It's good to be bad at something

bassman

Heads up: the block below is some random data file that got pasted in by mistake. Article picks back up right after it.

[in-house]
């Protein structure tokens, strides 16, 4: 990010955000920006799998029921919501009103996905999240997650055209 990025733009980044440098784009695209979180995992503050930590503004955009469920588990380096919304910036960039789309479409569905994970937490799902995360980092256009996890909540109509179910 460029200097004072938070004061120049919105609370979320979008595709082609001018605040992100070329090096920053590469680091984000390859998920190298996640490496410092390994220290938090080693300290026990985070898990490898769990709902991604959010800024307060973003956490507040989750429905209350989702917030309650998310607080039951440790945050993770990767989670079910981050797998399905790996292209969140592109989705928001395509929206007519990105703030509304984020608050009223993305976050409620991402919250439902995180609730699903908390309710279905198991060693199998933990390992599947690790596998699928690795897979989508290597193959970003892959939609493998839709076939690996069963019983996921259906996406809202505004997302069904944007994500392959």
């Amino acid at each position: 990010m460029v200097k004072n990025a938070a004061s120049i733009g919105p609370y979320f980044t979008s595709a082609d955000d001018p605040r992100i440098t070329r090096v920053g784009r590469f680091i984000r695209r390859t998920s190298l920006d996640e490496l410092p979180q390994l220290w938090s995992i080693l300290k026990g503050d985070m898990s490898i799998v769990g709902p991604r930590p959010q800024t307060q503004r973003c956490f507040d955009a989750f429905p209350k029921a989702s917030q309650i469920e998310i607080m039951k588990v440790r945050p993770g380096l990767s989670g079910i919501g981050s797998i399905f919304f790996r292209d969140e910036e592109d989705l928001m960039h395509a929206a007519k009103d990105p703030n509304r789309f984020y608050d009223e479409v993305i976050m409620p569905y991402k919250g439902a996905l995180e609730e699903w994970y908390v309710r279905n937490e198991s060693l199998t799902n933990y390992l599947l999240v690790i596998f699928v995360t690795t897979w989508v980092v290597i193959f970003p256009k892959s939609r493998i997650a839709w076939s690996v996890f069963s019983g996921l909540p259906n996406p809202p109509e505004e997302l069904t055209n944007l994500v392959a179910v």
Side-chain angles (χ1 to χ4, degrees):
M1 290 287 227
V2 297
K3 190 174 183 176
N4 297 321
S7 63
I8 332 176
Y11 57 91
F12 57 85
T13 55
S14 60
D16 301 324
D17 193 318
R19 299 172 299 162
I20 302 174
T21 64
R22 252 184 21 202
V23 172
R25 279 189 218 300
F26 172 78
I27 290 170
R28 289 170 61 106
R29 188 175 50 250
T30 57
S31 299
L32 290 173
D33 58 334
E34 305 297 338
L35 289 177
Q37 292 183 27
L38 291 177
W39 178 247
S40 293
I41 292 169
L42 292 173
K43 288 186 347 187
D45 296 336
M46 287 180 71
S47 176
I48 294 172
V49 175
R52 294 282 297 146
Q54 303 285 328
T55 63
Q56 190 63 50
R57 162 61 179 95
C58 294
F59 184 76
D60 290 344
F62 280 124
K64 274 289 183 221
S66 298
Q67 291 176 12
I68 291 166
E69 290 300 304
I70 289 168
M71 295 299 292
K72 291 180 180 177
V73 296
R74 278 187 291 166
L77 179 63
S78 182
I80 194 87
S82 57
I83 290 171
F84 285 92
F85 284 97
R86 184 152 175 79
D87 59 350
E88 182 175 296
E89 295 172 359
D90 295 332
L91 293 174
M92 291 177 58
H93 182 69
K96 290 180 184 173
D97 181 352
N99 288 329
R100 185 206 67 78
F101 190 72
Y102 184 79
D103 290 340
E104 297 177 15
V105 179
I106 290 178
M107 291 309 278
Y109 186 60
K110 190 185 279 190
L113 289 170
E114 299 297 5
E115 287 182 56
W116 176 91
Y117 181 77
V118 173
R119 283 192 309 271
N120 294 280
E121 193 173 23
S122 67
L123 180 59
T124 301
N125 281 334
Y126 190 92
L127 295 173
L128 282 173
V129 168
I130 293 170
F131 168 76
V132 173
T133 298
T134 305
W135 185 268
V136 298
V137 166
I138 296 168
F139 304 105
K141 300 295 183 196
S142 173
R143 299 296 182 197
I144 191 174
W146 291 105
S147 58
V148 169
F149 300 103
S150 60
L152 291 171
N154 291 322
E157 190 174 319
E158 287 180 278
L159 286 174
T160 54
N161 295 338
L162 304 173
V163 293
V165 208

I used to play bass in a honky tonk band. And I wasn’t very good at it. I had picked up bass in college, in large part because with big fingers and playing only one note at a time instead of chords, it was much easier than guitar. When some friends said they were going to start a band, and the music was mostly going to be the two kinds: country and western, I was in. It sounded like a great way to spend time with friends and have somewhere to be on Monday nights. The songs were mostly G-A-D three-chord numbers, not too complicated, a little swing beat or walking scale here and  there.  I can almost keep rhythm, but there is nothing impressive or showy about my bass playing. At the office, I’m a writer, and my survival depends on it. Being good, or having to appear good, not only puts pressure on me when facing the blank page, but also compels me to sometimes make the easier choice, the one I know is going to work because it worked last time. When I play bass, I don’t have much pretense (except making rock and roll faces—gotta make rock and roll faces!). I’m not a front man, I only sing on the novelty song, I’m not leading the show. I’m in the back, nodding to the drummer. Yeah, the rhythm is important, but without having to be in the spotlight, I can actually just do the best I can with what I’ve got, take some chances, and maybe actually get better.